If it's clear that the communications industry has strengths that are in the right place at the right time, leveraging the EMA opportunity will require a change in mindset and marketing strategy. In the communications consumer market, the boundaries of competition are clear: operators compete with other operators, while device vendors battle it out with one another. The EMA market will require tailored capabilities and services, and a more sophisticated and nuanced go-to-market strategy.
EMA competition will be more complex. Software vendors will attempt to layer mobility functionality on top of an already-installed base of solutions, while systems integrators will pitch more holistic approaches to tie disparate IT systems together through a common interface designed for mobile consumption. Competition in this space will be fierce, and there will be a broader range of participants circling a smaller number of deals.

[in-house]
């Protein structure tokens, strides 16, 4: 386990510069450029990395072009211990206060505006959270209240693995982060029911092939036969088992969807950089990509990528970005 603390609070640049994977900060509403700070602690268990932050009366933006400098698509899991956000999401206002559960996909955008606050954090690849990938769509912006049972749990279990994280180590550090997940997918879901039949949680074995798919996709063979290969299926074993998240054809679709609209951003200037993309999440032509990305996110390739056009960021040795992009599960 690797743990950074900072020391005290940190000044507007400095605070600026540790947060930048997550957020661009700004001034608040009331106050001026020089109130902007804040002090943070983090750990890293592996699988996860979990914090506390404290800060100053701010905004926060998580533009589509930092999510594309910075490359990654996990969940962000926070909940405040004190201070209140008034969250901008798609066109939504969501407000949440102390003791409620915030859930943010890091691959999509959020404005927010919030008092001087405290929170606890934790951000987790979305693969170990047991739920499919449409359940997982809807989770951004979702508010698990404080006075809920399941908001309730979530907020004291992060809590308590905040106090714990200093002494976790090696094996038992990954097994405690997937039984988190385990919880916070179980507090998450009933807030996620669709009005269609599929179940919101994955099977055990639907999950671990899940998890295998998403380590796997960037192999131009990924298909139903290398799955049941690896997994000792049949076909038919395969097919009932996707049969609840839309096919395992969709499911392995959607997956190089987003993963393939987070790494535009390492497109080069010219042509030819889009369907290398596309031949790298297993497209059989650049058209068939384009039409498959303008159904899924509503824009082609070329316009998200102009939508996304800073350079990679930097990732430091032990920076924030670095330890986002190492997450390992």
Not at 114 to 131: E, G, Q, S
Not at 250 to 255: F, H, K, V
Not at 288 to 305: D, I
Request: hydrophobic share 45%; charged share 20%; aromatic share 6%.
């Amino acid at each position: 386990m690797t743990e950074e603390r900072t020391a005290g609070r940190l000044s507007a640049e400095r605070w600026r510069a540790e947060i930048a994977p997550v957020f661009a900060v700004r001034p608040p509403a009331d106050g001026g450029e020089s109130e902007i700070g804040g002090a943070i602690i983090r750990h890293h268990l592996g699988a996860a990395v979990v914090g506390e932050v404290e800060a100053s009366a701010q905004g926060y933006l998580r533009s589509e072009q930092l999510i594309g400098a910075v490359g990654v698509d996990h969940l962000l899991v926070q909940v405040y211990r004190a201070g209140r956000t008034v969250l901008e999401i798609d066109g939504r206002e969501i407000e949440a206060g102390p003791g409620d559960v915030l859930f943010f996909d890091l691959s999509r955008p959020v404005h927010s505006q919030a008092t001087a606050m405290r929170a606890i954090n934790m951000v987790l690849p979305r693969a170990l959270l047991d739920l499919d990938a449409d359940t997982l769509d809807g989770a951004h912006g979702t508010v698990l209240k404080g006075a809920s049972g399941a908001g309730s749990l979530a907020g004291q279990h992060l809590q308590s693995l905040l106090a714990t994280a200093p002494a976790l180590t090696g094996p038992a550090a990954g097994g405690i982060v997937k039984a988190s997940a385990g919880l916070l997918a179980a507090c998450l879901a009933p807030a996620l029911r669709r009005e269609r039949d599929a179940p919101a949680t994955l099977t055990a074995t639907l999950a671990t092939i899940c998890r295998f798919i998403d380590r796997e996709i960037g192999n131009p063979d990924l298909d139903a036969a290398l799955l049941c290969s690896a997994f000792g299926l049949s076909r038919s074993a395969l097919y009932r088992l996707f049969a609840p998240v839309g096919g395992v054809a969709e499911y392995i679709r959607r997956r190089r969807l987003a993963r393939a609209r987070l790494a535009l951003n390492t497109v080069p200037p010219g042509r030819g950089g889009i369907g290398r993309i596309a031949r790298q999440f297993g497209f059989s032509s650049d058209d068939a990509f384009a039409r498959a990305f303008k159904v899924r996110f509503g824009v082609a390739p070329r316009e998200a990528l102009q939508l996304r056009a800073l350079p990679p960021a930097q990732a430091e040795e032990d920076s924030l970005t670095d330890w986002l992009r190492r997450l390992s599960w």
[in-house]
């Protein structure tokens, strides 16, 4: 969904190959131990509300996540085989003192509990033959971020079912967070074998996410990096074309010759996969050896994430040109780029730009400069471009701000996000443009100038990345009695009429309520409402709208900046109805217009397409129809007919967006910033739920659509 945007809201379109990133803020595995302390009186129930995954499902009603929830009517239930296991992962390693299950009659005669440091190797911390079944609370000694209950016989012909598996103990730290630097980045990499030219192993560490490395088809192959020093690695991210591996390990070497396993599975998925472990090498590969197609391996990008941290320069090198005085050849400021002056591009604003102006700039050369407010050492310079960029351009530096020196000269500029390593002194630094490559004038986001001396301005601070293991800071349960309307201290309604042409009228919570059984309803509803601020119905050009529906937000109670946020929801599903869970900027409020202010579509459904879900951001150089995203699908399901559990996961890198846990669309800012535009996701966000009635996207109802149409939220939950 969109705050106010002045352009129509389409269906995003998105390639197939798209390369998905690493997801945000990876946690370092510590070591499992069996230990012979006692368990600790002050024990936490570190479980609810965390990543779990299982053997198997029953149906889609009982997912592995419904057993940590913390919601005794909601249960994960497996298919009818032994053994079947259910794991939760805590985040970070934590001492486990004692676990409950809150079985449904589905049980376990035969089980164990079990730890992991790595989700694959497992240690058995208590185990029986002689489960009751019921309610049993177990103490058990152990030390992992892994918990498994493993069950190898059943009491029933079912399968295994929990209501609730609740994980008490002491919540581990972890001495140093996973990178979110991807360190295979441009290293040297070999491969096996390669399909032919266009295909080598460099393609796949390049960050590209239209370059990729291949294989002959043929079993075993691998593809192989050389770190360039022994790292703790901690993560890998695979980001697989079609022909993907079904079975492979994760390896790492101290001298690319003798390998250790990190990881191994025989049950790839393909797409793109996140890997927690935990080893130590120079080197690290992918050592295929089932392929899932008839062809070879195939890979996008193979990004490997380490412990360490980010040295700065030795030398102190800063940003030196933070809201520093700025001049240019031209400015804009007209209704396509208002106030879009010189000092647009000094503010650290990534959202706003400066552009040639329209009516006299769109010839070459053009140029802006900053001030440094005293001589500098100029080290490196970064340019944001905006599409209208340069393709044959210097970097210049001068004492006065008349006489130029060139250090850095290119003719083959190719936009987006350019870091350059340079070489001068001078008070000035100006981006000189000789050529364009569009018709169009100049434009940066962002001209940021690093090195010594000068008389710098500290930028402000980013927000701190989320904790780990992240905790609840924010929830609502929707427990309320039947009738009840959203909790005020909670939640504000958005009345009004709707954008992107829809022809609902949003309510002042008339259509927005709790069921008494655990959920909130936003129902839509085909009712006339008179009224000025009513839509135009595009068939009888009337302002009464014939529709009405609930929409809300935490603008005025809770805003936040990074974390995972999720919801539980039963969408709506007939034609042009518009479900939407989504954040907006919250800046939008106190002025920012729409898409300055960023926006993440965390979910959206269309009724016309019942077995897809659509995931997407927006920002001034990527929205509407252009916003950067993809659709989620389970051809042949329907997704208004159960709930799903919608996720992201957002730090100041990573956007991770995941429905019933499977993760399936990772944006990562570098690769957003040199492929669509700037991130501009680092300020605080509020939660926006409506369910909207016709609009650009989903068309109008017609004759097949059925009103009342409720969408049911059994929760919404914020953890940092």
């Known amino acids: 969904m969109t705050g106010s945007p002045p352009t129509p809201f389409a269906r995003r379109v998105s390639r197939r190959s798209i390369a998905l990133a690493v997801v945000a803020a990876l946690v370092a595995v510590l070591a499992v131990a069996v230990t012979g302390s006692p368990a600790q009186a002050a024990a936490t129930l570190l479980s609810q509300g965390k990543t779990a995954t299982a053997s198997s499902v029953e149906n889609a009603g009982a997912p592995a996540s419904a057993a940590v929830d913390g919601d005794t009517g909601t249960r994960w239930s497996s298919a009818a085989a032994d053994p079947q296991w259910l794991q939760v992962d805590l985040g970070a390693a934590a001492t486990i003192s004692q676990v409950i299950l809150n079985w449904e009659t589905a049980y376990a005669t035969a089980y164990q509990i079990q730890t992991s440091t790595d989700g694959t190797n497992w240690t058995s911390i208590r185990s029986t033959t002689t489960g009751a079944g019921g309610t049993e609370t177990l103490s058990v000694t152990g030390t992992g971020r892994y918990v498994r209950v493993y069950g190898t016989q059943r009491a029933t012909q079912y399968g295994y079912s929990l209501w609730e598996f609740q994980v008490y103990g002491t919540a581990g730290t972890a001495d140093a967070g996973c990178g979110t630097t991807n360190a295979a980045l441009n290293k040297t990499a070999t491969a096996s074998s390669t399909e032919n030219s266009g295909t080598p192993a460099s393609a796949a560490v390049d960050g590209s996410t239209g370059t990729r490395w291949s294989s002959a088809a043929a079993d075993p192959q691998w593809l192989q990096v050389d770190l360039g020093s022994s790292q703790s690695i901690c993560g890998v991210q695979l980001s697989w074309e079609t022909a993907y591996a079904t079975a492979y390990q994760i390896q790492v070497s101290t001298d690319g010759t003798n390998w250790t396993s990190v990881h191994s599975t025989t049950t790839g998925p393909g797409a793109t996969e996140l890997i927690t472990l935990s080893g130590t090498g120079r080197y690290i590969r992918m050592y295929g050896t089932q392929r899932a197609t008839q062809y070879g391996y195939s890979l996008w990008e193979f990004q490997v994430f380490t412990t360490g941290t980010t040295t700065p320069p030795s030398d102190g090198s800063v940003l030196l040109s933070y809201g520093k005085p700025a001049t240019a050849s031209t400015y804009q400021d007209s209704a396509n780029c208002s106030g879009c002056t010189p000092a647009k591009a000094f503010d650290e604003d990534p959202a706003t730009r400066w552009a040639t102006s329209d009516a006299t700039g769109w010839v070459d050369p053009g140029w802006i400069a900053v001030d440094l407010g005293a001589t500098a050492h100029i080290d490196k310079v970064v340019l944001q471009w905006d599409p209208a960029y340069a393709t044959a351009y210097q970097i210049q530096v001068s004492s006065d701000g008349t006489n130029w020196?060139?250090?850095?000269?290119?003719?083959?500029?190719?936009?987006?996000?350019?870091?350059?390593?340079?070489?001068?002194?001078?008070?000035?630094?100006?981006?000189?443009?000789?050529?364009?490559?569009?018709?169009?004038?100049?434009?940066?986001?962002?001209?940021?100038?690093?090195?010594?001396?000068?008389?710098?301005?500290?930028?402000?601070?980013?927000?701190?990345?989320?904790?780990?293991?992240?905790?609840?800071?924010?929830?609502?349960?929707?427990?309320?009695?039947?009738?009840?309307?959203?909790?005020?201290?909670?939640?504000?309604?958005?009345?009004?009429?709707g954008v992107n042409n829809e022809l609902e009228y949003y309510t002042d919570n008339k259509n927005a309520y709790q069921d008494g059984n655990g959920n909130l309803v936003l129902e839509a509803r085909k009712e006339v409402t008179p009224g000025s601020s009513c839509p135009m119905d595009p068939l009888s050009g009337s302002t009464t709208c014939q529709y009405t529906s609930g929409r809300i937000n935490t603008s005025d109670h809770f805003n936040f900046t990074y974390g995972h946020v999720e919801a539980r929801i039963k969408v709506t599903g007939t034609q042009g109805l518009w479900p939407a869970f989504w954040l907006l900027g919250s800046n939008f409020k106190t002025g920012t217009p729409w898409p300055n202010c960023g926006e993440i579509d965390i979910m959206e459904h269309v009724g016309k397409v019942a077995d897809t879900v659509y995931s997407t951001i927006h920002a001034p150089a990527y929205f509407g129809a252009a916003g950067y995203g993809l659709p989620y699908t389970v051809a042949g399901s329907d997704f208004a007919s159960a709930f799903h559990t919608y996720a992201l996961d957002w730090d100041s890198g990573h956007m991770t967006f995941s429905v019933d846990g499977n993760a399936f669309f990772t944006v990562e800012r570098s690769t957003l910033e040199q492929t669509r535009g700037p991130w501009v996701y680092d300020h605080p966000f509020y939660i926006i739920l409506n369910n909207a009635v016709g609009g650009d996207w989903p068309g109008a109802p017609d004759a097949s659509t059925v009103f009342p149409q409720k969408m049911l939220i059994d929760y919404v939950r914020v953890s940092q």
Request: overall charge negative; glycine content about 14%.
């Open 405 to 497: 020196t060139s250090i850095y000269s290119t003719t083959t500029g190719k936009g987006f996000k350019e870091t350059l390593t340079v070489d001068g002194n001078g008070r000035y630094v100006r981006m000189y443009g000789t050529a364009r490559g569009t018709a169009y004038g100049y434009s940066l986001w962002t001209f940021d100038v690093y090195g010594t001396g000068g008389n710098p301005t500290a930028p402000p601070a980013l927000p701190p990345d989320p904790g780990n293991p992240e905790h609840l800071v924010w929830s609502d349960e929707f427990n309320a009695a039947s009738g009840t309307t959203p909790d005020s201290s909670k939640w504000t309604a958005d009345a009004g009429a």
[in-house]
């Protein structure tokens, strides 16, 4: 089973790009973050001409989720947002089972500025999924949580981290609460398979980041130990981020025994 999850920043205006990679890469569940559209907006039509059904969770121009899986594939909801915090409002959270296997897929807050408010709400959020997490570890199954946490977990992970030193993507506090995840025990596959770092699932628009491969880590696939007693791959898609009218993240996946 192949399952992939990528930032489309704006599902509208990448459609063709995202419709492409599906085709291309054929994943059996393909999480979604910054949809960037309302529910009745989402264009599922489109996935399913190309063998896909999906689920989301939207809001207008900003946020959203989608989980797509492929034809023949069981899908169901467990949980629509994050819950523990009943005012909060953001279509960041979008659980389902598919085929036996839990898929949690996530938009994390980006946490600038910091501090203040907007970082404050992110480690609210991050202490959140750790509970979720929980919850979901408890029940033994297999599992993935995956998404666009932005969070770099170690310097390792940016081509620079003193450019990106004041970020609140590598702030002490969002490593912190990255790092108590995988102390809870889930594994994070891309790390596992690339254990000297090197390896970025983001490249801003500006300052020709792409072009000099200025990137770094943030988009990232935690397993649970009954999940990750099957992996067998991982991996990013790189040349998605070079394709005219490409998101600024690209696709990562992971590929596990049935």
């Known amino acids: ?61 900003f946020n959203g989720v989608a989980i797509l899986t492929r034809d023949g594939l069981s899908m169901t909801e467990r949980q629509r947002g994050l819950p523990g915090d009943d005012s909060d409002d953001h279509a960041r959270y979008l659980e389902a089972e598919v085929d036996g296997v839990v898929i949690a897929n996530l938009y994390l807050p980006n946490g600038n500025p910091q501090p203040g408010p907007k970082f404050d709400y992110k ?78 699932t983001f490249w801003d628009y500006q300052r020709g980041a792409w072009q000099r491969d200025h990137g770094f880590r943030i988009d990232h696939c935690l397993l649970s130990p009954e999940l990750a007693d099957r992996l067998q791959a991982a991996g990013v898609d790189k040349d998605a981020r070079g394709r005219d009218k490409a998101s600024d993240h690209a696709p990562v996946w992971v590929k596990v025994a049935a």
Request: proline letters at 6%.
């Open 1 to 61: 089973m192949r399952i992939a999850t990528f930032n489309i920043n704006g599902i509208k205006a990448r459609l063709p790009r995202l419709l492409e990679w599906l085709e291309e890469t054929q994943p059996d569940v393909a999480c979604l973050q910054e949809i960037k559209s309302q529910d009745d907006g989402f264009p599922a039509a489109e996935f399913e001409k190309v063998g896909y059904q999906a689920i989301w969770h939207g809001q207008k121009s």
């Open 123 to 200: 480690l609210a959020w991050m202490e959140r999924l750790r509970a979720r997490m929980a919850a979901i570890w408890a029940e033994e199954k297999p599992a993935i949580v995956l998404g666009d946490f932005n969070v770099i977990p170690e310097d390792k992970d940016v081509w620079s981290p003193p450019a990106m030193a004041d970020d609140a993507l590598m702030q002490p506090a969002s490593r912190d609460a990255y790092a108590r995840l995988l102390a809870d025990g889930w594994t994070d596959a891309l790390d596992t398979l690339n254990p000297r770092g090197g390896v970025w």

With all this in mind, how should CSPs and TEVs proceed? We recommend the following next steps:
For CSPs, the best-positioned firms will already have trusted client relationships in the provision of network services, managed services, and communications infrastructure outsourcing. Since the key technologies that enable enterprise mobility—Cloud, 3G/4G, smartphones, and tablets—are uniquely communications-centric, CSPs should stress that their expertise in these technologies bolsters their ability to design, build, and deliver EMAs.